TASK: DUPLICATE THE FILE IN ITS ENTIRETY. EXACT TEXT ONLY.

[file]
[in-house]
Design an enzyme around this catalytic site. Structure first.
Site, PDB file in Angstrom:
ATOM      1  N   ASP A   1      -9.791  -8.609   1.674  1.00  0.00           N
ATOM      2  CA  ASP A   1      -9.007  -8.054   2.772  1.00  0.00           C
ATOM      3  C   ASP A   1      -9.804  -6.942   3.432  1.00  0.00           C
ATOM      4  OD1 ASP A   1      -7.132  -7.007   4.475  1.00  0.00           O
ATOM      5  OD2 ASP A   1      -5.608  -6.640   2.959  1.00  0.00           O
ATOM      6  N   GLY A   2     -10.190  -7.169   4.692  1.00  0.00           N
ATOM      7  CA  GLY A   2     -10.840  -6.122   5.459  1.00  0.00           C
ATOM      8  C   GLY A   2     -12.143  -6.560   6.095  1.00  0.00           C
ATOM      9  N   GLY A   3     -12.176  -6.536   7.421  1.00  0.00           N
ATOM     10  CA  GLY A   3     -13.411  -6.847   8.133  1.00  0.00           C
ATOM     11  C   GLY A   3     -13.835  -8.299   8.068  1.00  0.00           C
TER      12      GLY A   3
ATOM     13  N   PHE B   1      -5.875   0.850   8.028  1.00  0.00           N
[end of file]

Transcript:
[in-house]
Design an enzyme around this catalytic site. Structure first.
Site, PDB file in Angstrom:
ATOM      1  N   ASP A   1      -9.791  -8.609   1.674  1.00  0.00           N
ATOM      2  CA  ASP A   1      -9.007  -8.054   2.772  1.00  0.00           C
ATOM      3  C   ASP A   1      -9.804  -6.942   3.432  1.00  0.00           C
ATOM      4  OD1 ASP A   1      -7.132  -7.007   4.475  1.00  0.00           O
ATOM      5  OD2 ASP A   1      -5.608  -6.640   2.959  1.00  0.00           O
ATOM      6  N   GLY A   2     -10.190  -7.169   4.692  1.00  0.00           N
ATOM      7  CA  GLY A   2     -10.840  -6.122   5.459  1.00  0.00           C
ATOM      8  C   GLY A   2     -12.143  -6.560   6.095  1.00  0.00           C
ATOM      9  N   GLY A   3     -12.176  -6.536   7.421  1.00  0.00           N
ATOM     10  CA  GLY A   3     -13.411  -6.847   8.133  1.00  0.00           C
ATOM     11  C   GLY A   3     -13.835  -8.299   8.068  1.00  0.00           C
TER      12      GLY A   3
ATOM     13  N   PHE B   1      -5.875   0.850   8.028  1.00  0.00           N